I think this is where books about productivity and character development and faith would fall under. Years ago, I read a book titled Integrity by Stephen Carter, which was very thought-provoking and inspiring to me.
- Acquiring new skills
Books, articles, and blogs are a great resource to learn anything you want to!
You can expand your knowledge about and perspective on social issues, politics, religion, literally any topic you want to know more about.
- Entertainment & relaxation
For many, this will be fiction, and there is a broad spectrum of genres of fiction for everyone. There’s something so relaxing about just curling up with a good book. This is a great way to add a lot of pleasure to your life, a nice element that adds to making a life that matters.
Ways to consume books & where to get them
There are all kinds of sources to access books as well.
- Local bookstore: It’s so much fun to browse the shelves and find unexpected treasures!
- Amazon – if you’re a Prime member, you have access to their First Reads and Kindle Unlimited services.
- Friends – get recommendations from friends you share interests with but also those you differ from. Also, trade books you like or find meaningful. It saves you both money and gives you something in common to discuss.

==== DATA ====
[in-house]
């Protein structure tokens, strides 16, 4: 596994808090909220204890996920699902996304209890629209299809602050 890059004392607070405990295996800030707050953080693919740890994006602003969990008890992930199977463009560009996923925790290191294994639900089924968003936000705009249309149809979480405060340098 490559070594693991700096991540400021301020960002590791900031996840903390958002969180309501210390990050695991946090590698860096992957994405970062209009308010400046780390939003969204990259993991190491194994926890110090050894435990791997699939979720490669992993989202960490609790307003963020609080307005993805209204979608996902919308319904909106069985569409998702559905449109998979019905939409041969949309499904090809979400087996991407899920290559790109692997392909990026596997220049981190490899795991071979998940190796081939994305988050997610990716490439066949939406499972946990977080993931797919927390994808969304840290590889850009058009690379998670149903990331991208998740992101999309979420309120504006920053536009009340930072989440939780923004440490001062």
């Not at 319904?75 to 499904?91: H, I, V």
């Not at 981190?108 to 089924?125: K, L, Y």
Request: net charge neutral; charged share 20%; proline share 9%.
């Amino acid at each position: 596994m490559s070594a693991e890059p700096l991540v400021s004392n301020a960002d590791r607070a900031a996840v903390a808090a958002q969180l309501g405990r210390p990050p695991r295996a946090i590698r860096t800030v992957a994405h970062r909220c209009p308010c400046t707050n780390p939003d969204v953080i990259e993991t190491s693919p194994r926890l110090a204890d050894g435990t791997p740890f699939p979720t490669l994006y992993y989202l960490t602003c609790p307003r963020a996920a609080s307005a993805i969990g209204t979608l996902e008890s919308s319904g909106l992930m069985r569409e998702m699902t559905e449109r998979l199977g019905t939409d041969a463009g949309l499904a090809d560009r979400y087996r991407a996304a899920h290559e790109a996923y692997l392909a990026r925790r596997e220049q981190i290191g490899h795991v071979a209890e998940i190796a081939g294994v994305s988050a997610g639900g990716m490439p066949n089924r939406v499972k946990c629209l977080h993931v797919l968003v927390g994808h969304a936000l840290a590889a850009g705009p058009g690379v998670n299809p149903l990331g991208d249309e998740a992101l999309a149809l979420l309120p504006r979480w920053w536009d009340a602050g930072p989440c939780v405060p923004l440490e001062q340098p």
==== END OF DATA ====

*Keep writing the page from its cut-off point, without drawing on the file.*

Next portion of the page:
When/where can we make time to read?
- Skip one TV show a night, or all TV one night a week
- Keep a book with you all the time. (My iPad mini fits right in my purse, so I always have something to read on my Kindle app. I. will read a few pages from a novel, or skim the news stories in the Apple News app.)
- Go to bed half an hour early and read a “real” book. There are benefits to turning off all screens before going to sleep.
“Sometimes it is hard to fall asleep when your mind is racing and busy worrying about a variety of things. Reading, even if just for ten minutes, can help you push whatever was keeping you awake out of your mind. Bright lights from electronic devices can signal your brain that it is time to wake up. Reading under a dim light can be much more beneficial when trying to get some sleep. We recommend making sure the book isn’t a page-turner first!”